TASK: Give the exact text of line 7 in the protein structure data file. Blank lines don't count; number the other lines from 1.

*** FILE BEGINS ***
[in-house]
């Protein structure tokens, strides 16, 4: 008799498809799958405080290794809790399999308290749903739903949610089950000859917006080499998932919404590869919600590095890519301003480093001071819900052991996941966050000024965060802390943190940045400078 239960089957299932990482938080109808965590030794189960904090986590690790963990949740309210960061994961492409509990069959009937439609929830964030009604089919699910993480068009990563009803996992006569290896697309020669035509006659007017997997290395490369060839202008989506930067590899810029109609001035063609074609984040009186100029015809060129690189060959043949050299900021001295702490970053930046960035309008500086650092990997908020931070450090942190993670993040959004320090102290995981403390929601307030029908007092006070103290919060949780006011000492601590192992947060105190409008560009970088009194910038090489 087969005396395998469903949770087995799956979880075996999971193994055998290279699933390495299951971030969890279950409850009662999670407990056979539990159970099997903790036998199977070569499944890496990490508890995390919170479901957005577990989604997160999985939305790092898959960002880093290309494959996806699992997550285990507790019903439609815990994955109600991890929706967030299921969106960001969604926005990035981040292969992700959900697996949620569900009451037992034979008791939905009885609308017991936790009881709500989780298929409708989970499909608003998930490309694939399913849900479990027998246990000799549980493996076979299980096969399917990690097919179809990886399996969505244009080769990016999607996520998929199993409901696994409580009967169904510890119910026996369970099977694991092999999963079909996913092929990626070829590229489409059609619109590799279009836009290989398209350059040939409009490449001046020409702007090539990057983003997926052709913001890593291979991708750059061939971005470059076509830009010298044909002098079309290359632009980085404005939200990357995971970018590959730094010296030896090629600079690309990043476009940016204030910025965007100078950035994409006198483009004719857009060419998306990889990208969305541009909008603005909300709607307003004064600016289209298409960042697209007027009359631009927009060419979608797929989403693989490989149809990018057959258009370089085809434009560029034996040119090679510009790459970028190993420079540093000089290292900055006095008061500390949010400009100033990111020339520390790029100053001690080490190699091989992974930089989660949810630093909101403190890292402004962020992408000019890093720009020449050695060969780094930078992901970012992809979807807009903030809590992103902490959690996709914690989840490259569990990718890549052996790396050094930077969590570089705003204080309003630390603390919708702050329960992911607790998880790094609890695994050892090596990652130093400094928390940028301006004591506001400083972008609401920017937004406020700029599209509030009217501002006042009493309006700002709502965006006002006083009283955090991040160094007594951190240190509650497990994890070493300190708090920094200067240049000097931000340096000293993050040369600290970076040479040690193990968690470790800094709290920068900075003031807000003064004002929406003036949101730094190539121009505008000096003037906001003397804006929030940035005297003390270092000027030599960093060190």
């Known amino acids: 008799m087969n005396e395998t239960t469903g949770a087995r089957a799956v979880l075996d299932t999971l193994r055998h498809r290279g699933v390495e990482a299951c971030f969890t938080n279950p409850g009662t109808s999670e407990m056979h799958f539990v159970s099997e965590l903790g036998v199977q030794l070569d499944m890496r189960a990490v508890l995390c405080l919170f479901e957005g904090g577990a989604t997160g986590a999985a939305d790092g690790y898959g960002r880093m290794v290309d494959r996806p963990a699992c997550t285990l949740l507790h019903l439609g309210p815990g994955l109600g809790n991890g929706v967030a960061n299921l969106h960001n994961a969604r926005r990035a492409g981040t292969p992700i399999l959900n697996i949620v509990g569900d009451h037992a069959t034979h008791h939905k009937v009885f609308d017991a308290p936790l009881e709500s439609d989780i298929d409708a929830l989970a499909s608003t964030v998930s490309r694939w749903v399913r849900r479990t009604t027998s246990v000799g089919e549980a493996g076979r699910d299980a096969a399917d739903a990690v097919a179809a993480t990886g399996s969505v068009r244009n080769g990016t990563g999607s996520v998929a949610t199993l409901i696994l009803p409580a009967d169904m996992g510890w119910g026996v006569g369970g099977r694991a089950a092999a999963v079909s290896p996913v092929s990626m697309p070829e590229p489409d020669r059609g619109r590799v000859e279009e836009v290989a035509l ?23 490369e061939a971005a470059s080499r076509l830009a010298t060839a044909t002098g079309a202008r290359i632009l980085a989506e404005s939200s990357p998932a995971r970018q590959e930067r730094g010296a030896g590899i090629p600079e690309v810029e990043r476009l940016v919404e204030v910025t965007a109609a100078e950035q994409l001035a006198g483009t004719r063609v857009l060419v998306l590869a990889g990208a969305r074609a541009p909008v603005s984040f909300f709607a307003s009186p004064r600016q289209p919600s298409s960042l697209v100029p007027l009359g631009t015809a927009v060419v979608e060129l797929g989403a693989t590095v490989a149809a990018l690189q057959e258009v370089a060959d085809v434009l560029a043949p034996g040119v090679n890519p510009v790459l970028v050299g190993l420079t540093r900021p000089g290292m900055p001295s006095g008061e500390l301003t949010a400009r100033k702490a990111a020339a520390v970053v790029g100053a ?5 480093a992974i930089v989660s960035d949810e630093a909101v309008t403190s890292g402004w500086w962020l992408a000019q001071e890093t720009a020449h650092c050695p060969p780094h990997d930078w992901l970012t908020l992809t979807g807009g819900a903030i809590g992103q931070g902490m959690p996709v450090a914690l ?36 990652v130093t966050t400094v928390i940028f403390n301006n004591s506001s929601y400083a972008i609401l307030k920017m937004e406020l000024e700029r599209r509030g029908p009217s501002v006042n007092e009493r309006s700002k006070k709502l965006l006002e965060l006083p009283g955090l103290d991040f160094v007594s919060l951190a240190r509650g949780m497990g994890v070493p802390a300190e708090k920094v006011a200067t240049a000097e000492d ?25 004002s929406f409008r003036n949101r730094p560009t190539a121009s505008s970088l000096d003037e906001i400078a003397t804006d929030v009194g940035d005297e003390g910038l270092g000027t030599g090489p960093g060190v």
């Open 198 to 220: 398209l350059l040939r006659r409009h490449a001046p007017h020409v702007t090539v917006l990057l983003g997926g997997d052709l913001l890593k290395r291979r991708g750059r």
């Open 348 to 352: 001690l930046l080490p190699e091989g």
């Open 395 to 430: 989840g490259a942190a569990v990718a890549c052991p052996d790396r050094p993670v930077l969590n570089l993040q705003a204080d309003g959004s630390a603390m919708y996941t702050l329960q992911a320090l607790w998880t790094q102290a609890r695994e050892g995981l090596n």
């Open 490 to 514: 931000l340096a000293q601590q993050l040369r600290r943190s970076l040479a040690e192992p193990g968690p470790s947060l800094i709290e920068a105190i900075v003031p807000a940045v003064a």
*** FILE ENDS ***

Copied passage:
């Open 490 to 514: 931000l340096a000293q601590q993050l040369r600290r943190s970076l040479a040690e192992p193990g968690p470790s947060l800094i709290e920068a105190i900075v003031p807000a940045v003064a």